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hold on flipthescript

#flipthescript 7: Hold On

Anne Heffron, author of the newly-released must-read memoir You Don’t Look Adopted, kicks of this year’s #flipthescript series, in which adoptees take over the microphone.

adoptees flipthescriptImage: Tracy Hammond

So Why Was I Crying?

I am going to visit some of my birth father’s family for the first time next week and my family is letting me go. No one is saying they are afraid they will lose me. No one is saying they wish I’d just be happy with the family I have. No one is saying they are afraid I will like the new family better than my old family. They don’t seem to care. They never call. And that makes me think that maybe, just as I suspected, maybe I was never a “real” Heffron after all even though I feel real, and sometimes I feel numbly sad when I think about where I am now: in this gray area between families–I don’t seem to squarely belong in either.

you don't look adoptedI was part of a private page on Facebook for people involved in adoptees’ searching for their biological roots. The group had over 25,000 members, and when I shared the letter my uncle had written to me about my impending visit, saying he and his wife and children were counting down the days until my arrival, that they wanted to know what I liked for breakfast, whether I liked milk or soy milk, whether I had particular foods I liked to have on hand during the day, within seven hours, I had over 800 “likes” on my post. Adoptees, it seems, like stories of welcome. Then why was I crying?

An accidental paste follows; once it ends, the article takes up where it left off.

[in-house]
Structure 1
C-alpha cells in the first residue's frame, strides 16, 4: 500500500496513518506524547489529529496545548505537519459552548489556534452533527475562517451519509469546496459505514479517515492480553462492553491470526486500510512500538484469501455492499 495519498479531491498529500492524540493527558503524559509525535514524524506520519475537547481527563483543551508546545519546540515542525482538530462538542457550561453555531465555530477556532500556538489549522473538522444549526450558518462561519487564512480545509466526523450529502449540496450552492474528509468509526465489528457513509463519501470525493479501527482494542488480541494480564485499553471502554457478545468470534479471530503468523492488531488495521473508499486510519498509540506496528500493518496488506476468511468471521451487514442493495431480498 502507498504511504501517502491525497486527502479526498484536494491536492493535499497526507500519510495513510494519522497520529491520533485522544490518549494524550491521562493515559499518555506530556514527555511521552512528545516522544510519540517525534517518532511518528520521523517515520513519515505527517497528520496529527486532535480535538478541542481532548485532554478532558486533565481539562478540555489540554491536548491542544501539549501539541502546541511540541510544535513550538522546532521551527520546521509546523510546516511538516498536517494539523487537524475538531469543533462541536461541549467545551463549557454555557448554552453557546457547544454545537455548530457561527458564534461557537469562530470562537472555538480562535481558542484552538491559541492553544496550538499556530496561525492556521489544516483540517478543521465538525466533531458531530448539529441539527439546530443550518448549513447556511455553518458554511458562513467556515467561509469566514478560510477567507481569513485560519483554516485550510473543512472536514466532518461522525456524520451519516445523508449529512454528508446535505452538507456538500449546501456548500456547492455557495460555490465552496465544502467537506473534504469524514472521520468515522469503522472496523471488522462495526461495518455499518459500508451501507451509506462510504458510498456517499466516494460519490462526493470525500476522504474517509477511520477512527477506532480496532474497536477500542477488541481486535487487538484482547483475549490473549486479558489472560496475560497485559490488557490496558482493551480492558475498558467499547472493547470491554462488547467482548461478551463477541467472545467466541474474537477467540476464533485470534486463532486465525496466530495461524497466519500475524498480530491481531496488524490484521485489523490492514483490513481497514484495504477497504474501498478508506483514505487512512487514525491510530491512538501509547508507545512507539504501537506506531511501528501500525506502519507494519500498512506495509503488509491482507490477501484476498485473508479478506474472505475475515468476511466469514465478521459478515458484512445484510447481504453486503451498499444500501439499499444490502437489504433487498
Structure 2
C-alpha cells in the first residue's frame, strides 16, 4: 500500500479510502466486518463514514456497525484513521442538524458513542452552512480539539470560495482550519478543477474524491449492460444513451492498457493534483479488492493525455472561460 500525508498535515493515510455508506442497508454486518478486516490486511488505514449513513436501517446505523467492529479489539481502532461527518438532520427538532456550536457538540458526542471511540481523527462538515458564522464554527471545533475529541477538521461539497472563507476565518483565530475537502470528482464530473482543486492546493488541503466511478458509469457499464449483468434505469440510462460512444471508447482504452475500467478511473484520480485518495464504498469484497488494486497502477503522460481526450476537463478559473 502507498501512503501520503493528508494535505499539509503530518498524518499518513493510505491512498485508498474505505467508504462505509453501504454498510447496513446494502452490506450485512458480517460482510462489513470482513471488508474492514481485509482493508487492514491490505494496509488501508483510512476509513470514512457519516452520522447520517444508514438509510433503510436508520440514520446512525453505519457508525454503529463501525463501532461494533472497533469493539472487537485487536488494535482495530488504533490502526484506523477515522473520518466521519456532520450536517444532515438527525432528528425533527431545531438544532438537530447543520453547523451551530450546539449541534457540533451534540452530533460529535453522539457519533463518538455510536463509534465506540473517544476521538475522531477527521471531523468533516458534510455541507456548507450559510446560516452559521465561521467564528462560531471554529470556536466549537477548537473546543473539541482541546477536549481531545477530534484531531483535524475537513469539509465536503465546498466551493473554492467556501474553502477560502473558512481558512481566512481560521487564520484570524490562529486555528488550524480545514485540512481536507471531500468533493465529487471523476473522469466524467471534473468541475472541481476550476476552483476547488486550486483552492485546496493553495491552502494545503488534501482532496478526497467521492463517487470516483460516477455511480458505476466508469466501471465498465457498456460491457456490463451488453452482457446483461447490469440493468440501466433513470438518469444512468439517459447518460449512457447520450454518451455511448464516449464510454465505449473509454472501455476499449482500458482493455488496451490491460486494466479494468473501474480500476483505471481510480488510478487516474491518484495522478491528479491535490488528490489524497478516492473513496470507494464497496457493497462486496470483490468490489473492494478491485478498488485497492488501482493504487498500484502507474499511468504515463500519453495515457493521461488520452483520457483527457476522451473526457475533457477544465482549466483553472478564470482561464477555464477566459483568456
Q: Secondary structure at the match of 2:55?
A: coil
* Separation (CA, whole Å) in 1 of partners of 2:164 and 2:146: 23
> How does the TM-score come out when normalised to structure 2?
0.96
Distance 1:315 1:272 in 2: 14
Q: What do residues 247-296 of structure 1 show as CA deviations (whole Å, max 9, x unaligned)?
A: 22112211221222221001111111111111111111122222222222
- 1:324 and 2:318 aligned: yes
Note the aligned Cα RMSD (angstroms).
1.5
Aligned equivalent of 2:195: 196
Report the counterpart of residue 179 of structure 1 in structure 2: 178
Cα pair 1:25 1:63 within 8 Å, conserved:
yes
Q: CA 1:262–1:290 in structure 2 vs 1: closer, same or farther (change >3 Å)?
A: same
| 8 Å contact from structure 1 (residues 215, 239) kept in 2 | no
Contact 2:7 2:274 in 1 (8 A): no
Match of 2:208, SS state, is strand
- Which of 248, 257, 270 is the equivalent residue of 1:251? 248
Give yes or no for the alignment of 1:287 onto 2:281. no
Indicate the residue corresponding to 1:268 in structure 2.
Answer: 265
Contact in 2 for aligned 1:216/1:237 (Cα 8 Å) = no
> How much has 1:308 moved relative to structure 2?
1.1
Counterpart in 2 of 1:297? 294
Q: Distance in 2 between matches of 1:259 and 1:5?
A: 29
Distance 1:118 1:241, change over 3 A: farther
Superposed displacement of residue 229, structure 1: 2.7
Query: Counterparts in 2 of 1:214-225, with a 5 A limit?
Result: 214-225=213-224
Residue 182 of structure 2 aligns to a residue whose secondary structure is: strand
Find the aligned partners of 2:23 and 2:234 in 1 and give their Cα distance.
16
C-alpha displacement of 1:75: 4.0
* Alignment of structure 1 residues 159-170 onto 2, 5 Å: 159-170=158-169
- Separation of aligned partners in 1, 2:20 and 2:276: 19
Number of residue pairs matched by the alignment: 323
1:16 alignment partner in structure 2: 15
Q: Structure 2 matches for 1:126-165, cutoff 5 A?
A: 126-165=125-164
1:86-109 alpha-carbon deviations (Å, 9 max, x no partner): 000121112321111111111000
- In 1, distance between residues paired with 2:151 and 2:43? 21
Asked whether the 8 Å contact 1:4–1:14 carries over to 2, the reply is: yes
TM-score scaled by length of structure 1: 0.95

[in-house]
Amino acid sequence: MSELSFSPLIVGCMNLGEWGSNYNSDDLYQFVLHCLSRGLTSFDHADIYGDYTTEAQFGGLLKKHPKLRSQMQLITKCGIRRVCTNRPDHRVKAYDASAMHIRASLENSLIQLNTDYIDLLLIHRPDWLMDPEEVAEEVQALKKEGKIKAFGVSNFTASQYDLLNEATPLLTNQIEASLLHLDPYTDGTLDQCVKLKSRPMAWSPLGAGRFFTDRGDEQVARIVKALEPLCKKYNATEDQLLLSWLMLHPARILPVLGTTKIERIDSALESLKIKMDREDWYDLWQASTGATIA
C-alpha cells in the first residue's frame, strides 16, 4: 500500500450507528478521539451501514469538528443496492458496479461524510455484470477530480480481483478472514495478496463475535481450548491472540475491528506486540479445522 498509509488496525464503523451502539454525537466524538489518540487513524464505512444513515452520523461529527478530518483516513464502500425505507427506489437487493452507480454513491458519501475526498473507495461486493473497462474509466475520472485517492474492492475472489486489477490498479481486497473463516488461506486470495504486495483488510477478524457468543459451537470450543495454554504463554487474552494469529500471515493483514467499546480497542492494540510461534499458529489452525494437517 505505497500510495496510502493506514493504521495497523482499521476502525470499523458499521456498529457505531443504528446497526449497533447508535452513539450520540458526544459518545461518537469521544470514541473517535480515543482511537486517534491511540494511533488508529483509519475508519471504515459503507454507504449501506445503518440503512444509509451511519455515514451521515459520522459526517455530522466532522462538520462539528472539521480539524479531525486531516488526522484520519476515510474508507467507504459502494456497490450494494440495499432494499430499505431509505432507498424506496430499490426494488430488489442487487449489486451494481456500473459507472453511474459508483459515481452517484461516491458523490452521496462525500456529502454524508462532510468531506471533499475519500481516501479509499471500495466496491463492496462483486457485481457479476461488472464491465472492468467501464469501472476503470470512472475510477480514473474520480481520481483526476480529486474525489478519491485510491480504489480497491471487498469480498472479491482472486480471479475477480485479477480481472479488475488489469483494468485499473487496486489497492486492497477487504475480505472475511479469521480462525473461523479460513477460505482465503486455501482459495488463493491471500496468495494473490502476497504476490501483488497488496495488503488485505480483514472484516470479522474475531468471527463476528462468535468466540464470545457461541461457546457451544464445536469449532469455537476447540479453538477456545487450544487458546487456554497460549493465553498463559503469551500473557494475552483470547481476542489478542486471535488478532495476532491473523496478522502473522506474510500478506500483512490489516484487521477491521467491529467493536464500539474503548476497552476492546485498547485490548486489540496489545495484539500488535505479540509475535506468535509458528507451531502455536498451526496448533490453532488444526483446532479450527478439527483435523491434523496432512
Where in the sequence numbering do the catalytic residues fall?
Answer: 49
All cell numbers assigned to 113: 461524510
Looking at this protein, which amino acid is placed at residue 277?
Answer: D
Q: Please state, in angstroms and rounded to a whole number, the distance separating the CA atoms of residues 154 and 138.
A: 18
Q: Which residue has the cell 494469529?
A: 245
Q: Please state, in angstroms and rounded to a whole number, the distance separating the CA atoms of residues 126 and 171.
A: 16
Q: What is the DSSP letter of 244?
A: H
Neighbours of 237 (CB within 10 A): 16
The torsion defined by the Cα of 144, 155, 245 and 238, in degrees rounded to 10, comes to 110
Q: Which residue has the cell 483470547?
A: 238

If my uncle found out I had posted his letter, even if I took out any identifying information, which I did, this whole game of them being my new family could come to an abrupt end. He’d asked me to keep our correspondence, including family pictures he’d sent me, private since his brother, my father—my birth father I mean—wasn’t to have contact with me on orders of his wife who had decreed me “not family” when I showed up in his email box, DNA results in hand. I have already betrayed my uncle, before even meeting face to face, and this makes me a bad adoptee. This makes me not worth the trouble of getting to know (yes, this is all in my head). This makes me disposable.

Mountains and Deserts